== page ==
Berkeley UPC - Unified Parallel C(A joint project of LBNL and UC Berkeley)
Berkeley UPC runtime (and compiler driver), version 2.20.2
Note: on Microsoft Windows you need to have Cygwin installed to build Berkeley UPC from source.
Note: on MacOS X you need to have Apple Xcode installed to build Berkeley UPC from source, and you should configure with CC=cc CXX=c++ to ensure you are using the same C and C++ compilers as Xcode.
MD5 Hash = 39041485b42e132e8aaa586b7cf88ae5
The runtime distribution includes the GASNet portable networking library--if you wish to download GASNet separately, you can get it from the GASNet website.
The Berkeley UPC-to-C translator, version 2.20.2
Note: one cannot build the Berkeley UPC-to-C translator on Microsoft Windows.
Note: on MacOS X you must configure with CC=gcc CXX=g++ to ensure you are using the GNU compilers (not clang). Depending on your version of Xcode you may need extra steps to install gcc and g++.
MD5 Hash = 7ed3ce8aebae988c4c40be0044977978
Our UPC-to-C translator is based on the Open64 open source compiler. Unfortunately, due to C++ portability issues the translator does not build on as many systems as our runtime.
If you cannot build the translator on your target architecture, you still have the option of using your own translator: just build it on a different, supported machine, and then have your runtime access it via either HTTP or SSH. This is mainly useful if you have a private subnet that is not connected to the Internet. Instructions for setting up HTTP/SSH access are in the runtime's INSTALL.TXT file.The system configurations that have been extensively tested for hosting the translator are:
The following are less extensively tested and considered experimental:
- Linux x86
- Linux x86-64 (32- or 64-bit)
- Linux IA64 (64-bit only)
- Linux PowerPC (32- or 64-bit)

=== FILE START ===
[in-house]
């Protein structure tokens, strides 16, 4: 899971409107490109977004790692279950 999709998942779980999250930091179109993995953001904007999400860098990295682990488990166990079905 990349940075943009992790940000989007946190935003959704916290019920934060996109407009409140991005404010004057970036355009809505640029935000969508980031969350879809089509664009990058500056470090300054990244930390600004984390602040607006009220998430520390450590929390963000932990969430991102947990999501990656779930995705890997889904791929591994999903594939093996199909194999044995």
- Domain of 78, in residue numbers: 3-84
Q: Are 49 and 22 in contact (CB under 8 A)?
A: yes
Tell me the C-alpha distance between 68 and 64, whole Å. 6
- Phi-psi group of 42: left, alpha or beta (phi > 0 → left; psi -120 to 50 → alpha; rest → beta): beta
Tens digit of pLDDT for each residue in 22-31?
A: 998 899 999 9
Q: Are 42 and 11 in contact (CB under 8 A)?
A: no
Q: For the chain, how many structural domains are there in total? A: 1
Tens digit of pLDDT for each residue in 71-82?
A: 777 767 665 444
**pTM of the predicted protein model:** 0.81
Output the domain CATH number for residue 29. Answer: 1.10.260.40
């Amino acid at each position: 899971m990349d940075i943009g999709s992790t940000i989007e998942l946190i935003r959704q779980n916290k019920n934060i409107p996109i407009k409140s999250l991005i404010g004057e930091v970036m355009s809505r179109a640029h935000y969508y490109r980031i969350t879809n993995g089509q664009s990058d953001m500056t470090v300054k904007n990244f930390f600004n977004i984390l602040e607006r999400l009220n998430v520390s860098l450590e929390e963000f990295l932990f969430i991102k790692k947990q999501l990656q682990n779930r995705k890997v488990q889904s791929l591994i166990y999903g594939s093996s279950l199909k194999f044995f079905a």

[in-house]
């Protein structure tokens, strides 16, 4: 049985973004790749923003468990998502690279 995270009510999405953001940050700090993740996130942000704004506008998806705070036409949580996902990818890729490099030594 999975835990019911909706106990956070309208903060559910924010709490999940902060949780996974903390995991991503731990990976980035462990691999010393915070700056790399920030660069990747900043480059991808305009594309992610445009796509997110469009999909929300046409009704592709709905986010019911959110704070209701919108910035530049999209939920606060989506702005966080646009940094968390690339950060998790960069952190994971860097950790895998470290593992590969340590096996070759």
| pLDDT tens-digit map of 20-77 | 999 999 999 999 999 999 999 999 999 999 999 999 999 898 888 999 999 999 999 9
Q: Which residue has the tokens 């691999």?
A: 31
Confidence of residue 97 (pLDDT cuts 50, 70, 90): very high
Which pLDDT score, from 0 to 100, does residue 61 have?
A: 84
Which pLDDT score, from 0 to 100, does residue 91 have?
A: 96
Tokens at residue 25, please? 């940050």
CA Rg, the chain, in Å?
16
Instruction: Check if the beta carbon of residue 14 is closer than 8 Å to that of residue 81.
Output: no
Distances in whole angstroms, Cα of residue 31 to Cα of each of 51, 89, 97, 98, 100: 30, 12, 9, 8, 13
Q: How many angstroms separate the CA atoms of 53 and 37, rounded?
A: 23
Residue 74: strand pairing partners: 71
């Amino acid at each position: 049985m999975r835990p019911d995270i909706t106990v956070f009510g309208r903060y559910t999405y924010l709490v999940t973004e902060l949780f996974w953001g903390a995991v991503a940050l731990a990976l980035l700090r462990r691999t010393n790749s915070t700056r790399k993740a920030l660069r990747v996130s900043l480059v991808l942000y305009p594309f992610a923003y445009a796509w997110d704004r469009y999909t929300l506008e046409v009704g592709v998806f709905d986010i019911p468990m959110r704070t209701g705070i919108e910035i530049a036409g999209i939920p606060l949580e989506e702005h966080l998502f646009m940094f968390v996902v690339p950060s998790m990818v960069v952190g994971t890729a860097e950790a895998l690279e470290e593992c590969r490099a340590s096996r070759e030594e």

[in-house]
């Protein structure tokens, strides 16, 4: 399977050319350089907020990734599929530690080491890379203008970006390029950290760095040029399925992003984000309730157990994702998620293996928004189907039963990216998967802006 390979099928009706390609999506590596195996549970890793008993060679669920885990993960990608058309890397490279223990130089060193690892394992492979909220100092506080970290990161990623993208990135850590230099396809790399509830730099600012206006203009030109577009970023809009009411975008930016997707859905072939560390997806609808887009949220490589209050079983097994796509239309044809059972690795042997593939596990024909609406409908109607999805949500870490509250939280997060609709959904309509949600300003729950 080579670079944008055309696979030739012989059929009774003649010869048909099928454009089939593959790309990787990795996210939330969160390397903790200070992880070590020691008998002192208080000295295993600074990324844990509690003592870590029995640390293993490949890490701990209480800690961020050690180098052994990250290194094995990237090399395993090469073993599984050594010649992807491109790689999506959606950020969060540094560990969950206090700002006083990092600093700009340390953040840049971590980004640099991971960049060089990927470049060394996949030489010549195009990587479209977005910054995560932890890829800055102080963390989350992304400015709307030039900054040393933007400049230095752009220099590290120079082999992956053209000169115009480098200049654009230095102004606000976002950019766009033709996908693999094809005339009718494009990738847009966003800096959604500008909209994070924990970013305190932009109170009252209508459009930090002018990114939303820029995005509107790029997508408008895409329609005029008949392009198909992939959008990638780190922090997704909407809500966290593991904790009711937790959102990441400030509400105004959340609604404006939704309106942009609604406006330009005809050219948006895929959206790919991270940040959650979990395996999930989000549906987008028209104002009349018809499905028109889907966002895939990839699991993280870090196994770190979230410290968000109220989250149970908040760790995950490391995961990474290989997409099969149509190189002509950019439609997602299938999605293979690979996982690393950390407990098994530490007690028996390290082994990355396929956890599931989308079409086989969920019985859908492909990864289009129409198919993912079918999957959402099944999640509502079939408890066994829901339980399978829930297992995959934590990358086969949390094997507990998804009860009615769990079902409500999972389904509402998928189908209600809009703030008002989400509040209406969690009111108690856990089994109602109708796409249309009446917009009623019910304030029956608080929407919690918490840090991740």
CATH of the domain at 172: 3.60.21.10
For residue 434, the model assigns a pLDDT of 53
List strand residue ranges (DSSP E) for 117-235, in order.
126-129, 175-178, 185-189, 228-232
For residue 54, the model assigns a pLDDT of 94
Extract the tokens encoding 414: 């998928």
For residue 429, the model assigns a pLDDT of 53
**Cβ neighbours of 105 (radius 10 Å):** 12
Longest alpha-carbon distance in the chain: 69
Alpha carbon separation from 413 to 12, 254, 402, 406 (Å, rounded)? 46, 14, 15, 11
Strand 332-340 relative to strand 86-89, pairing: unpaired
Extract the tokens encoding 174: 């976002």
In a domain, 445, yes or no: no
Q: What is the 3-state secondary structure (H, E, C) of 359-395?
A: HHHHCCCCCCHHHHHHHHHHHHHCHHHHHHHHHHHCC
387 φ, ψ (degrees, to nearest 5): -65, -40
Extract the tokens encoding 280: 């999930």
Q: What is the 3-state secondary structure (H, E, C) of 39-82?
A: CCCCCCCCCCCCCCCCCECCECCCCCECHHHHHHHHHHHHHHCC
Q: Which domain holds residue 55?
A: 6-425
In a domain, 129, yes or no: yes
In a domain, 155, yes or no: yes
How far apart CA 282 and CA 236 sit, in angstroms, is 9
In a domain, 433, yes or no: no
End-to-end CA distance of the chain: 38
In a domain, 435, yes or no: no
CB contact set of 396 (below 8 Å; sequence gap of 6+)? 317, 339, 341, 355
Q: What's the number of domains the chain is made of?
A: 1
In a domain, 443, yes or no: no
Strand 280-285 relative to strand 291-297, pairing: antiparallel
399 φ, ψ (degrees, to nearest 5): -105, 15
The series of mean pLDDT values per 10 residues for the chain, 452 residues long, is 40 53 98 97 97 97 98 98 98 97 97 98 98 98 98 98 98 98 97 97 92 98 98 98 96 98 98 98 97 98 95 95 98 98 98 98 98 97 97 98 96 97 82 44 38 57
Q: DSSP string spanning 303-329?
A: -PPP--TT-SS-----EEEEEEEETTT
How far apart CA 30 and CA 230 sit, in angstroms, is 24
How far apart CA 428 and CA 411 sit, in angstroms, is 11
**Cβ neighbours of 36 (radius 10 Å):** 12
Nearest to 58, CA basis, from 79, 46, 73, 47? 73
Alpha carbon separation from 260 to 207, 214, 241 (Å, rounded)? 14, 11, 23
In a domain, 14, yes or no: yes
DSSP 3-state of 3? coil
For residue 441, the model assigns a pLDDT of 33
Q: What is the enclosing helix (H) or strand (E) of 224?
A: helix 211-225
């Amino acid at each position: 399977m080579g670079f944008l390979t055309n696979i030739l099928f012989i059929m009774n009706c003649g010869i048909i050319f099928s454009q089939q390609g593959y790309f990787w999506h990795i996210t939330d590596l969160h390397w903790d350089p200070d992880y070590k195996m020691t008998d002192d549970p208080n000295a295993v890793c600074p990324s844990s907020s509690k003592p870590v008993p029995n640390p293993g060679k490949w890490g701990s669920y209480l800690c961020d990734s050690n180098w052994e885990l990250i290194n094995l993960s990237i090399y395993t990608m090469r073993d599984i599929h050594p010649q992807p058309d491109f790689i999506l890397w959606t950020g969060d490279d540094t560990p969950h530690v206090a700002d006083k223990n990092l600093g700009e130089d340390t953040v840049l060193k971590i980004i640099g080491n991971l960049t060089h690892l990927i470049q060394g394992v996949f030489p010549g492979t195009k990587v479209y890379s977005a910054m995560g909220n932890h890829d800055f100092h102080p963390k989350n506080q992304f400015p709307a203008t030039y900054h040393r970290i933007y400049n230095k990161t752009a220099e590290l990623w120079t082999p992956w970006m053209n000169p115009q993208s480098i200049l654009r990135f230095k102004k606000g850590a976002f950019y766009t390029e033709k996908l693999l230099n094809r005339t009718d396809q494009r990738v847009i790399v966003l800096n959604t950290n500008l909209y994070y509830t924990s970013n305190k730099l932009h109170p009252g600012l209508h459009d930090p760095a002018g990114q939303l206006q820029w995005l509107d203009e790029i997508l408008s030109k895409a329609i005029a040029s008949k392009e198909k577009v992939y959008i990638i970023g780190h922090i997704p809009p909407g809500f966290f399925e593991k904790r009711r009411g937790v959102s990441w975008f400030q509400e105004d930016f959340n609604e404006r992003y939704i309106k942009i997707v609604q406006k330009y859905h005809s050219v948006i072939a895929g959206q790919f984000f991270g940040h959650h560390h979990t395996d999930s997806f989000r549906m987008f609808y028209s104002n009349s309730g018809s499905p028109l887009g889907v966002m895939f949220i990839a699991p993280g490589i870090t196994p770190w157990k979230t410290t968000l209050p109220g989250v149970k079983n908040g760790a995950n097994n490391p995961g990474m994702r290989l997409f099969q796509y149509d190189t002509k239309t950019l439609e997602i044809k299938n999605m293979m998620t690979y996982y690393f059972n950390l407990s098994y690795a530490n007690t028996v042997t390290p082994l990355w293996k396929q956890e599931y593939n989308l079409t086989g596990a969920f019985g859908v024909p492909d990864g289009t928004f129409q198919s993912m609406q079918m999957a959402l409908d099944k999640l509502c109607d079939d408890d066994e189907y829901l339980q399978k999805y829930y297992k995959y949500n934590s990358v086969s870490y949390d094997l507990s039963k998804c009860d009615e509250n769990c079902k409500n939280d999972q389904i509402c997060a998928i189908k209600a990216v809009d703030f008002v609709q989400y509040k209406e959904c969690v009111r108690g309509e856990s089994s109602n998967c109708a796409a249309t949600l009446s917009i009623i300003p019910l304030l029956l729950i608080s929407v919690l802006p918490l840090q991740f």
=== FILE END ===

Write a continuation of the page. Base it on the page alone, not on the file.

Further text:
- Apple OSX PowerPC (32- or 64-bit)
- Apple OSX Intel x86 (32- or 64-bit) [gcc only, not clang]
The following are no longer supported, but were still working when we were last able to test them:
- Solaris 10 Intel (i86pc) (32- or 64-bit)
- Solaris 10 SPARC (32- or 64-bit)
- FreeBSD i386 (32-bit only)
- FreeBSD amd64 (64-bit only)
- OpenBSD i386 (32-bit only)
- OpenBSD amd64 (64-bit only)
- NetBSD i386 (32-bit only)
- NetBSD amd64 (64-bit only)
- Linux ARM (32-bit only)
- Linux ARM64 (64-bit only)
- Linux mips64el (SiCortex) (64-bit only)
- Compaq/HP Tru64/Alpha (64-bit only)
- IBM AIX PowerPC (32-bit only)
On all of these platforms, 'g++' version 3.4 or above was used. Success has been reported using older versions of g++, but this is not regularly tested. Most of our testing is done with g++ 4.x.
You must have GNU 'make', 'perl' and 'csh' on your system.
Release notes and instructions on how to build the translator are contained in the README file in the top-level directory.
If you're simply curious in seeing how our source-to-source translation works, you can inspect the generated C code using the upcc -trans option, or try our Online UPC-to-C translation utility.
This page last modified on Monday, 27-Apr-2015 16:50:05 PDT